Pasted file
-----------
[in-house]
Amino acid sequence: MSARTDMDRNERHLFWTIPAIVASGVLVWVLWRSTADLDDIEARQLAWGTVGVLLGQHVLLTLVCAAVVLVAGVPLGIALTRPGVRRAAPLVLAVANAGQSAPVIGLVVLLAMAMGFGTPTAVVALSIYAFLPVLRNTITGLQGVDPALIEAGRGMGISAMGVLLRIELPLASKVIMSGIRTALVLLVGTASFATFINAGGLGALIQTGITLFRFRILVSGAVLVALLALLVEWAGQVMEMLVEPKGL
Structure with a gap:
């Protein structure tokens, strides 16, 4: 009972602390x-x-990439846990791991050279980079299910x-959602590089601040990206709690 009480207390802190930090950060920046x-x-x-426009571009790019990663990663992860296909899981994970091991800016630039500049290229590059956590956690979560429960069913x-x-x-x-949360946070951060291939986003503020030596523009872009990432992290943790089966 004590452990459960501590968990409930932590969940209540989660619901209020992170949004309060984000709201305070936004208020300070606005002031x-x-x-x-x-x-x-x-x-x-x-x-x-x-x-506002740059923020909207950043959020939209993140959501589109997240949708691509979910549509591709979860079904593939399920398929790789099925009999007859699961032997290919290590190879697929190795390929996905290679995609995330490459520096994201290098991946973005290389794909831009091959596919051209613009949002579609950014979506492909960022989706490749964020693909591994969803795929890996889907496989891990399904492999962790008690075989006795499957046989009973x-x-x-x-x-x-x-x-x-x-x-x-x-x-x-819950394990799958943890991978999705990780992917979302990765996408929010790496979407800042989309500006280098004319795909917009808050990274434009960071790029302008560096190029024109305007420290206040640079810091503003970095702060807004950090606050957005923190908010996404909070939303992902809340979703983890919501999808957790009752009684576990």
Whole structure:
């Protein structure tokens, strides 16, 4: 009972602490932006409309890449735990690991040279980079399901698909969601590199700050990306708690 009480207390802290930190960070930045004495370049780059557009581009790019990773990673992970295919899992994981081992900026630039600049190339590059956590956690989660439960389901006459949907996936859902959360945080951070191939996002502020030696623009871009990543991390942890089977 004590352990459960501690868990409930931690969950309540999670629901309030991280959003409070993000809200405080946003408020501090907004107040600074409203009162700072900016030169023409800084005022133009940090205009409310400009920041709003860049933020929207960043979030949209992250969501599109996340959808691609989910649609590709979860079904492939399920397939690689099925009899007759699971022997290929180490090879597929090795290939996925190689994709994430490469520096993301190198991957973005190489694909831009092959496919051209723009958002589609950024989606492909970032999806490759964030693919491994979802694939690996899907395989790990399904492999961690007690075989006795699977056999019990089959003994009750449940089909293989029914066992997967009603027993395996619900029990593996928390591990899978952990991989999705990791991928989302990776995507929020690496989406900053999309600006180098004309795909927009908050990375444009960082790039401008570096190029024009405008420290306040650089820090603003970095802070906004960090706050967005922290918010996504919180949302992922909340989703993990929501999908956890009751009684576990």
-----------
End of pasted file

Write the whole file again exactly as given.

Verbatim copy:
[in-house]
Amino acid sequence: MSARTDMDRNERHLFWTIPAIVASGVLVWVLWRSTADLDDIEARQLAWGTVGVLLGQHVLLTLVCAAVVLVAGVPLGIALTRPGVRRAAPLVLAVANAGQSAPVIGLVVLLAMAMGFGTPTAVVALSIYAFLPVLRNTITGLQGVDPALIEAGRGMGISAMGVLLRIELPLASKVIMSGIRTALVLLVGTASFATFINAGGLGALIQTGITLFRFRILVSGAVLVALLALLVEWAGQVMEMLVEPKGL
Structure with a gap:
């Protein structure tokens, strides 16, 4: 009972602390x-x-990439846990791991050279980079299910x-959602590089601040990206709690 009480207390802190930090950060920046x-x-x-426009571009790019990663990663992860296909899981994970091991800016630039500049290229590059956590956690979560429960069913x-x-x-x-949360946070951060291939986003503020030596523009872009990432992290943790089966 004590452990459960501590968990409930932590969940209540989660619901209020992170949004309060984000709201305070936004208020300070606005002031x-x-x-x-x-x-x-x-x-x-x-x-x-x-x-506002740059923020909207950043959020939209993140959501589109997240949708691509979910549509591709979860079904593939399920398929790789099925009999007859699961032997290919290590190879697929190795390929996905290679995609995330490459520096994201290098991946973005290389794909831009091959596919051209613009949002579609950014979506492909960022989706490749964020693909591994969803795929890996889907496989891990399904492999962790008690075989006795499957046989009973x-x-x-x-x-x-x-x-x-x-x-x-x-x-x-819950394990799958943890991978999705990780992917979302990765996408929010790496979407800042989309500006280098004319795909917009808050990274434009960071790029302008560096190029024109305007420290206040640079810091503003970095702060807004950090606050957005923190908010996404909070939303992902809340979703983890919501999808957790009752009684576990």
Whole structure:
């Protein structure tokens, strides 16, 4: 009972602490932006409309890449735990690991040279980079399901698909969601590199700050990306708690 009480207390802290930190960070930045004495370049780059557009581009790019990773990673992970295919899992994981081992900026630039600049190339590059956590956690989660439960389901006459949907996936859902959360945080951070191939996002502020030696623009871009990543991390942890089977 004590352990459960501690868990409930931690969950309540999670629901309030991280959003409070993000809200405080946003408020501090907004107040600074409203009162700072900016030169023409800084005022133009940090205009409310400009920041709003860049933020929207960043979030949209992250969501599109996340959808691609989910649609590709979860079904492939399920397939690689099925009899007759699971022997290929180490090879597929090795290939996925190689994709994430490469520096993301190198991957973005190489694909831009092959496919051209723009958002589609950024989606492909970032999806490759964030693919491994979802694939690996899907395989790990399904492999961690007690075989006795699977056999019990089959003994009750449940089909293989029914066992997967009603027993395996619900029990593996928390591990899978952990991989999705990791991928989302990776995507929020690496989406900053999309600006180098004309795909927009908050990375444009960082790039401008570096190029024009405008420290306040650089820090603003970095802070906004960090706050967005922290918010996504919180949302992922909340989703993990929501999908956890009751009684576990």